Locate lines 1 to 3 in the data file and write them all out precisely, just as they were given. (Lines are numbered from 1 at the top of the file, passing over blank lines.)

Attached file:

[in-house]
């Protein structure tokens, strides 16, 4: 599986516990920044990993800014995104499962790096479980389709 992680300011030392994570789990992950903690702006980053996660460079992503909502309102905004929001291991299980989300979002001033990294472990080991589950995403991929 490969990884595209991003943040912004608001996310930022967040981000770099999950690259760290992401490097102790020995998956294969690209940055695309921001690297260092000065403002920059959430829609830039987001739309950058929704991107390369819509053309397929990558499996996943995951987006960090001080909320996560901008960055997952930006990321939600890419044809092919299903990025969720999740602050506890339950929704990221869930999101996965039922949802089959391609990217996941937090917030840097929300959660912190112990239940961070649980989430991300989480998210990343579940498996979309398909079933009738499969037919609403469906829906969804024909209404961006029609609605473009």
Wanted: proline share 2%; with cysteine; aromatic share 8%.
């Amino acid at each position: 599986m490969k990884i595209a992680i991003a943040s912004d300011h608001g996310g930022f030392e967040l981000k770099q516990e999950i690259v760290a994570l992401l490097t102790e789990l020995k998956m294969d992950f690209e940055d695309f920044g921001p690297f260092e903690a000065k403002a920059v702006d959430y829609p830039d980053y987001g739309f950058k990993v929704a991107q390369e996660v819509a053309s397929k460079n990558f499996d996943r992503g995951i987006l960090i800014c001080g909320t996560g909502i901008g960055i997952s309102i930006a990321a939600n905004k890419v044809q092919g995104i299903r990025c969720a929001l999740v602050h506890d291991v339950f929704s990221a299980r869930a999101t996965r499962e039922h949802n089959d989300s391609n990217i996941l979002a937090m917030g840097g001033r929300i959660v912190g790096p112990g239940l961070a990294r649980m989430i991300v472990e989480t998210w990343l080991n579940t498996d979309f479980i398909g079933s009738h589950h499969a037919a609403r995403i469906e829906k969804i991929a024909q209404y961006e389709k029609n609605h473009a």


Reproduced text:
[in-house]
């Protein structure tokens, strides 16, 4: 599986516990920044990993800014995104499962790096479980389709 992680300011030392994570789990992950903690702006980053996660460079992503909502309102905004929001291991299980989300979002001033990294472990080991589950995403991929 490969990884595209991003943040912004608001996310930022967040981000770099999950690259760290992401490097102790020995998956294969690209940055695309921001690297260092000065403002920059959430829609830039987001739309950058929704991107390369819509053309397929990558499996996943995951987006960090001080909320996560901008960055997952930006990321939600890419044809092919299903990025969720999740602050506890339950929704990221869930999101996965039922949802089959391609990217996941937090917030840097929300959660912190112990239940961070649980989430991300989480998210990343579940498996979309398909079933009738499969037919609403469906829906969804024909209404961006029609609605473009």
Wanted: proline share 2%; with cysteine; aromatic share 8%.